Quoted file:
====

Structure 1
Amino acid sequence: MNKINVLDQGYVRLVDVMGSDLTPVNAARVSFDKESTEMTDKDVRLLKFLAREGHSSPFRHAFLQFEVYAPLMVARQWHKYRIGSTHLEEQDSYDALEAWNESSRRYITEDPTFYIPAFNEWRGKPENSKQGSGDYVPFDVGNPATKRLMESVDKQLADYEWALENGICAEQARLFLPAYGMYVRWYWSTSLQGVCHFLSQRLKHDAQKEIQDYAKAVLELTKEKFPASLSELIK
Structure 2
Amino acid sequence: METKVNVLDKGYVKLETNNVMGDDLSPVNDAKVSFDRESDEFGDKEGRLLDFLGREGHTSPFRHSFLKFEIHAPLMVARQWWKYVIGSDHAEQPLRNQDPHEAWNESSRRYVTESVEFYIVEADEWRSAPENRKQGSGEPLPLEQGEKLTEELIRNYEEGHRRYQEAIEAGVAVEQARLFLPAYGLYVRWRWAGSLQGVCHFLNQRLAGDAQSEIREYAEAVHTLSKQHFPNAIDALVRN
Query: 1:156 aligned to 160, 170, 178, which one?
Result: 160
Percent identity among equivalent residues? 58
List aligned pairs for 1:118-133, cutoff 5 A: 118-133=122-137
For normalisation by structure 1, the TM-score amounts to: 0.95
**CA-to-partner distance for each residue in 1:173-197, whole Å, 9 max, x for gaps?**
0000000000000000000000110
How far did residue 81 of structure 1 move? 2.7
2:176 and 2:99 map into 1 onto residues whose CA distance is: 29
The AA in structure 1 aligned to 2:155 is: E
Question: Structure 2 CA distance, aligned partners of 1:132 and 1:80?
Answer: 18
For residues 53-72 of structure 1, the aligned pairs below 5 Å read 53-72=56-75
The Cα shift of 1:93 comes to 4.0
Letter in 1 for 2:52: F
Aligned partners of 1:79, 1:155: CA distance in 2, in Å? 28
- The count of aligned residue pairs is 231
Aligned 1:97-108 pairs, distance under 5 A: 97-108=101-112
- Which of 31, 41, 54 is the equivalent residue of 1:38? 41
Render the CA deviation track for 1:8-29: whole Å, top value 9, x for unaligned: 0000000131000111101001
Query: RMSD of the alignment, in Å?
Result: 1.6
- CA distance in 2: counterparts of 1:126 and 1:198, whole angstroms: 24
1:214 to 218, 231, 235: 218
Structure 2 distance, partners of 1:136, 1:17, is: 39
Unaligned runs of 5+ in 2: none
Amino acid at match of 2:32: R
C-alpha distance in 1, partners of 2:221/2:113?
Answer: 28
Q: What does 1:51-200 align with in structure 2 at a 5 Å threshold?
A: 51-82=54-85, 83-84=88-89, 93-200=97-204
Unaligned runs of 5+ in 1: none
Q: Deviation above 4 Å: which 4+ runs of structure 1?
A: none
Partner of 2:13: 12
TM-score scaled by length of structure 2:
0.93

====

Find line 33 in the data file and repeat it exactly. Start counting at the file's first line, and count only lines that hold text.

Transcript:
Answer: 28